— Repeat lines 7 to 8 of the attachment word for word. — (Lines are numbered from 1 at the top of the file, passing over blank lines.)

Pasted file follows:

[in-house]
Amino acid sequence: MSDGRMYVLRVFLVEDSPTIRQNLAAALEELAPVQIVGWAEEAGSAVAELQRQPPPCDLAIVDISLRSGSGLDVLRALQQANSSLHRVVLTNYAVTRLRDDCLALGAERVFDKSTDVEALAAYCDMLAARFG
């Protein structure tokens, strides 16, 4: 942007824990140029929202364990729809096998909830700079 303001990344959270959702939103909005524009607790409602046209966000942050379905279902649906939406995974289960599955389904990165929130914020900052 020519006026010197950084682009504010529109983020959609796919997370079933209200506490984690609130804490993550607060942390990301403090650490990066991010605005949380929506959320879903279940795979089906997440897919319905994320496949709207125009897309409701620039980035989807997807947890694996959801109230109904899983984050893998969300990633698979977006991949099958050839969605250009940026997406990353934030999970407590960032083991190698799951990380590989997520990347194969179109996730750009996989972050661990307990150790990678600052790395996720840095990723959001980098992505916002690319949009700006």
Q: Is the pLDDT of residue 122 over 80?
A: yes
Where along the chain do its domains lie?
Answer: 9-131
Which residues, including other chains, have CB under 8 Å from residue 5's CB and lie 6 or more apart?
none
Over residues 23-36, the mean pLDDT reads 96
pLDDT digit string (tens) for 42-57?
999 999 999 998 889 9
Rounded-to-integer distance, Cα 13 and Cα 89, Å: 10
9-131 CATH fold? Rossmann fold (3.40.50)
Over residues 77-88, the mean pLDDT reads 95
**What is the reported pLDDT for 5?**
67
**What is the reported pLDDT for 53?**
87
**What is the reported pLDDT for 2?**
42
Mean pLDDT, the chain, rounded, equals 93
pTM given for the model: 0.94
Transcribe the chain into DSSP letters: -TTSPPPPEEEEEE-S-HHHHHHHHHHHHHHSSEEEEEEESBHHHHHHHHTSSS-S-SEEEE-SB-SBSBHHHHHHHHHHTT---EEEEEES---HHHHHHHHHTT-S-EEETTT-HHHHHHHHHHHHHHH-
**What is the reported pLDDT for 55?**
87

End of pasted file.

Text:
Answer: 9-131
Which residues, including other chains, have CB under 8 Å from residue 5's CB and lie 6 or more apart?